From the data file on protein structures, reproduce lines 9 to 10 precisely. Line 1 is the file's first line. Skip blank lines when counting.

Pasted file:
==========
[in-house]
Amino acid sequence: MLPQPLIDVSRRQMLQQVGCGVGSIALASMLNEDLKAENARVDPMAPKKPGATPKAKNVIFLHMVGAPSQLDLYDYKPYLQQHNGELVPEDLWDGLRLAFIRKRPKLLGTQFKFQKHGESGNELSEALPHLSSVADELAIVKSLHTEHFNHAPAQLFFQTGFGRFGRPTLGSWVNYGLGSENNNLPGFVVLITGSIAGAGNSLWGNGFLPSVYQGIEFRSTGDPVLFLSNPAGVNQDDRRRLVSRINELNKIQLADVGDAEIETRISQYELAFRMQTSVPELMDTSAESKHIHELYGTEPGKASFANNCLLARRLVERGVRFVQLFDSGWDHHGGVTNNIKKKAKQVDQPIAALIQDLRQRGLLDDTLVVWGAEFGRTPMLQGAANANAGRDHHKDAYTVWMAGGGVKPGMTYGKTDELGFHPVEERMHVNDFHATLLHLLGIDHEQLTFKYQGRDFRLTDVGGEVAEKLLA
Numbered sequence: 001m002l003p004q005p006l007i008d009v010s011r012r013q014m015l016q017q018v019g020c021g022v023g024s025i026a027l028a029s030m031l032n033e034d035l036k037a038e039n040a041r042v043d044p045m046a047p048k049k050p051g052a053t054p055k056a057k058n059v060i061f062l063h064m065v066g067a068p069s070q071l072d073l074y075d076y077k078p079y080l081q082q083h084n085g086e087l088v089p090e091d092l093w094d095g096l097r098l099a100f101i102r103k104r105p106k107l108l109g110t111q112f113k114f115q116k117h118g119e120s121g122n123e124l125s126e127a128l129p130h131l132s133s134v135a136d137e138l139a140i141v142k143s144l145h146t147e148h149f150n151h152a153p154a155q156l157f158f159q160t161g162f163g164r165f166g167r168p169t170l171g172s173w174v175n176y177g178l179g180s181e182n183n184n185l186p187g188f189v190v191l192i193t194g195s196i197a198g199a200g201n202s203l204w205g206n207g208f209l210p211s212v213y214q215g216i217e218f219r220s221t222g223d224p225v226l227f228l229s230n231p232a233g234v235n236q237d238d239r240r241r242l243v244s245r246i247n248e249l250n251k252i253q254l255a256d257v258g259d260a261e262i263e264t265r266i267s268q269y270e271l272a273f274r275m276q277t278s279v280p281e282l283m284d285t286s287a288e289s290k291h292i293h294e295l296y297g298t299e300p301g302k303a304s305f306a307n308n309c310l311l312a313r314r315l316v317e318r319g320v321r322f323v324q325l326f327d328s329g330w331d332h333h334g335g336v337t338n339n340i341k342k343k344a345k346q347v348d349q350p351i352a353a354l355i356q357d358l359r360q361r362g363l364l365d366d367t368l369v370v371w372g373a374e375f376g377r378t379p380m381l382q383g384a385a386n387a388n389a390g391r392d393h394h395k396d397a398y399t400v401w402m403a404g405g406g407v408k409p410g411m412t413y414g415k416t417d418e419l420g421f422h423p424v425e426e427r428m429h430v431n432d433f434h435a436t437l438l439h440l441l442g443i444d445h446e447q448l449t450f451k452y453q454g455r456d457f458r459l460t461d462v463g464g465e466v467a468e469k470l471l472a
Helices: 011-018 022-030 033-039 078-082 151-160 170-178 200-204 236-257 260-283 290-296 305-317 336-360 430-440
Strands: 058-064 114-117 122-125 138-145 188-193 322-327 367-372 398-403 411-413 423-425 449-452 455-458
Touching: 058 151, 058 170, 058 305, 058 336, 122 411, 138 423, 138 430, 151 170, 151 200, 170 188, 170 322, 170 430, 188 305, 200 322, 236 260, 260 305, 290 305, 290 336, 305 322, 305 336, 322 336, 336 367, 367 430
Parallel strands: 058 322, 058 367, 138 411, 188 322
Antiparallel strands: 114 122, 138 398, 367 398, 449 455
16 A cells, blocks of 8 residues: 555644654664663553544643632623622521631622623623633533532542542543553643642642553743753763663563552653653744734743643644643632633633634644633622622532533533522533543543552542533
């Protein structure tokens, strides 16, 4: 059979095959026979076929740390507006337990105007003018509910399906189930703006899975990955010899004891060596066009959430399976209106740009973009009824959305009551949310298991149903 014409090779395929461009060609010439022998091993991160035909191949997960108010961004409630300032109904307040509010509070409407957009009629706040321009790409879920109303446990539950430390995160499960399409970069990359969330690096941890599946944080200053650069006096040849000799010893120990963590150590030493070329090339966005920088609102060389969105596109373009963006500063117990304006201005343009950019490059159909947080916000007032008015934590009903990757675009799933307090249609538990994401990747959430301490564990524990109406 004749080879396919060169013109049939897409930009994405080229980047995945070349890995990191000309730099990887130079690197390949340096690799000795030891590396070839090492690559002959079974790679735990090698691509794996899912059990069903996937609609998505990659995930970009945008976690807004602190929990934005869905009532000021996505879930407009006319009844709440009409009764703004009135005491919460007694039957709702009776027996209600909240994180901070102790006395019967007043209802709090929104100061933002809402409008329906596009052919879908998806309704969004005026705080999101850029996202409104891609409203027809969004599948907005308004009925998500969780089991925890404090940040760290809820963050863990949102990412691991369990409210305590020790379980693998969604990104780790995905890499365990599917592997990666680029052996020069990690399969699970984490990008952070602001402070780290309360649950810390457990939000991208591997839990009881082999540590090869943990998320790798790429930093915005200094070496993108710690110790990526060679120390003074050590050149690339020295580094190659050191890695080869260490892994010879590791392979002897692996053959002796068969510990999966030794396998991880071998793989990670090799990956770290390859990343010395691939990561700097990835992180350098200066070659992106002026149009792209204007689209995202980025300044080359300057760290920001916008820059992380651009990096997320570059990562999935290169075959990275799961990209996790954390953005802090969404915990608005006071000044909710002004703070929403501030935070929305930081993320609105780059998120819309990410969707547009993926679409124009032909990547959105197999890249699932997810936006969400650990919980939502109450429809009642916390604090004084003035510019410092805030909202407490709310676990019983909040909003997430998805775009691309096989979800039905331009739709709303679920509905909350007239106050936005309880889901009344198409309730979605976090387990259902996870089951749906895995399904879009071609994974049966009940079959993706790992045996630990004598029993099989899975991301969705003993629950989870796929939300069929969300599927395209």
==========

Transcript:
16 A cells, blocks of 8 residues: 555644654664663553544643632623622521631622623623633533532542542543553643642642553743753763663563552653653744734743643644643632633633634644633622622532533533522533543543552542533
């Protein structure tokens, strides 16, 4: 059979095959026979076929740390507006337990105007003018509910399906189930703006899975990955010899004891060596066009959430399976209106740009973009009824959305009551949310298991149903 014409090779395929461009060609010439022998091993991160035909191949997960108010961004409630300032109904307040509010509070409407957009009629706040321009790409879920109303446990539950430390995160499960399409970069990359969330690096941890599946944080200053650069006096040849000799010893120990963590150590030493070329090339966005920088609102060389969105596109373009963006500063117990304006201005343009950019490059159909947080916000007032008015934590009903990757675009799933307090249609538990994401990747959430301490564990524990109406 004749080879396919060169013109049939897409930009994405080229980047995945070349890995990191000309730099990887130079690197390949340096690799000795030891590396070839090492690559002959079974790679735990090698691509794996899912059990069903996937609609998505990659995930970009945008976690807004602190929990934005869905009532000021996505879930407009006319009844709440009409009764703004009135005491919460007694039957709702009776027996209600909240994180901070102790006395019967007043209802709090929104100061933002809402409008329906596009052919879908998806309704969004005026705080999101850029996202409104891609409203027809969004599948907005308004009925998500969780089991925890404090940040760290809820963050863990949102990412691991369990409210305590020790379980693998969604990104780790995905890499365990599917592997990666680029052996020069990690399969699970984490990008952070602001402070780290309360649950810390457990939000991208591997839990009881082999540590090869943990998320790798790429930093915005200094070496993108710690110790990526060679120390003074050590050149690339020295580094190659050191890695080869260490892994010879590791392979002897692996053959002796068969510990999966030794396998991880071998793989990670090799990956770290390859990343010395691939990561700097990835992180350098200066070659992106002026149009792209204007689209995202980025300044080359300057760290920001916008820059992380651009990096997320570059990562999935290169075959990275799961990209996790954390953005802090969404915990608005006071000044909710002004703070929403501030935070929305930081993320609105780059998120819309990410969707547009993926679409124009032909990547959105197999890249699932997810936006969400650990919980939502109450429809009642916390604090004084003035510019410092805030909202407490709310676990019983909040909003997430998805775009691309096989979800039905331009739709709303679920509905909350007239106050936005309880889901009344198409309730979605976090387990259902996870089951749906895995399904879009071609994974049966009940079959993706790992045996630990004598029993099989899975991301969705003993629950989870796929939300069929969300599927395209």